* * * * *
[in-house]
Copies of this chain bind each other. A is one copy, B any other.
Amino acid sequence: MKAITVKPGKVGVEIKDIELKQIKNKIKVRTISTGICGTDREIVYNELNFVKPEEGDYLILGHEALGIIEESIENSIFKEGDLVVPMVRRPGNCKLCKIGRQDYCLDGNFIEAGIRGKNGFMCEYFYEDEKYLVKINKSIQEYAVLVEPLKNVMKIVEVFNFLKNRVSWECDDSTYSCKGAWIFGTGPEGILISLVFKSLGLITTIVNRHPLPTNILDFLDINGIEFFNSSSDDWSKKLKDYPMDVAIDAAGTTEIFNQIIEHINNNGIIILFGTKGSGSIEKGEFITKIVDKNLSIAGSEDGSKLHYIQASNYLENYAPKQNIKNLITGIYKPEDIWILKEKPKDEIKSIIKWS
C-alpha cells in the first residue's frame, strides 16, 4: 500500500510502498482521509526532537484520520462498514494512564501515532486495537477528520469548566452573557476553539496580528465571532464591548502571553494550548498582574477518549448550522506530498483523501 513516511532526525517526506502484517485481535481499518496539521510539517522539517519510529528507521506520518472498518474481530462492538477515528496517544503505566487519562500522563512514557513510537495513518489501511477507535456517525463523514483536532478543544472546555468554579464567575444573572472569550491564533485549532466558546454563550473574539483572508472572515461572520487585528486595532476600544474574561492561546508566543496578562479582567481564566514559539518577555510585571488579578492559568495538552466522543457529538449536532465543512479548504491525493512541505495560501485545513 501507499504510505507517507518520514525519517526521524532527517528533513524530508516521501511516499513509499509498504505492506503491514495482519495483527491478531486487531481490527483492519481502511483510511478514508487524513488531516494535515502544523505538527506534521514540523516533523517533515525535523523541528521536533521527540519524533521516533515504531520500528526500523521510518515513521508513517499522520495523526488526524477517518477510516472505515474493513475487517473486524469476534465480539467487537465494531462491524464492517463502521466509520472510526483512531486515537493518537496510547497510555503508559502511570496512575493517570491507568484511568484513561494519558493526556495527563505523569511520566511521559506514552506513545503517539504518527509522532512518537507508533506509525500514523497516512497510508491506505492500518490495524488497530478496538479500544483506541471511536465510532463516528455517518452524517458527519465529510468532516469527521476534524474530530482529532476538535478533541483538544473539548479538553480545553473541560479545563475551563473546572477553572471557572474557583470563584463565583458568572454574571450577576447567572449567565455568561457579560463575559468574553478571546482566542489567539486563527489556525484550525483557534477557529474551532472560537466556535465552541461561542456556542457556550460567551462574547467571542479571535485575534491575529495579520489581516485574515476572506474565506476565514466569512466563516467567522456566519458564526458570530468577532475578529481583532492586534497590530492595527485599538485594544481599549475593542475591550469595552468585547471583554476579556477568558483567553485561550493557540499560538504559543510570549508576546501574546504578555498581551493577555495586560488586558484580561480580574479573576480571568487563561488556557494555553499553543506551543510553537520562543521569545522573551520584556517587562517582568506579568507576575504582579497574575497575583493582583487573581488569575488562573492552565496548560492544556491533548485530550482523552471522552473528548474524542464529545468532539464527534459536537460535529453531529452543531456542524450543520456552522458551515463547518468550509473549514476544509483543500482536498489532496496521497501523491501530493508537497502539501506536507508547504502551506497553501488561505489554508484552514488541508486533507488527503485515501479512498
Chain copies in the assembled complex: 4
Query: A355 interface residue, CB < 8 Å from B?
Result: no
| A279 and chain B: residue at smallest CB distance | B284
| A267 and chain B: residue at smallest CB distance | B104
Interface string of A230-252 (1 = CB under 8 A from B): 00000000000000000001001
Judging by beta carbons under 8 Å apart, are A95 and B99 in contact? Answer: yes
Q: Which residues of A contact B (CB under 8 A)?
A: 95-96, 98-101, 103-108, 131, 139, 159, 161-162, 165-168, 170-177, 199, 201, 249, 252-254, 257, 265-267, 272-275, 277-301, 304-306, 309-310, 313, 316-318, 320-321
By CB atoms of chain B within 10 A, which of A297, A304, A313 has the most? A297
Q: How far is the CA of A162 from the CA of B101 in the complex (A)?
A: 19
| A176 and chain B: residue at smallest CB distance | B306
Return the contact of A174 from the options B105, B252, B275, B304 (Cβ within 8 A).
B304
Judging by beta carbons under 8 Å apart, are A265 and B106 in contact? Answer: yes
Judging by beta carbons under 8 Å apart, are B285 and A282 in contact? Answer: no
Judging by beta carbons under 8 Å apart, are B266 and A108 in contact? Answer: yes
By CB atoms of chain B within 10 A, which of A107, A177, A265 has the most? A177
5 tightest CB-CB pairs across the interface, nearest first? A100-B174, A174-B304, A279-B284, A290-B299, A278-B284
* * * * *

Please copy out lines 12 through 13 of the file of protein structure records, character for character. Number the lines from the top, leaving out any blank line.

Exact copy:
Q: Which residues of A contact B (CB under 8 A)?
A: 95-96, 98-101, 103-108, 131, 139, 159, 161-162, 165-168, 170-177, 199, 201, 249, 252-254, 257, 265-267, 272-275, 277-301, 304-306, 309-310, 313, 316-318, 320-321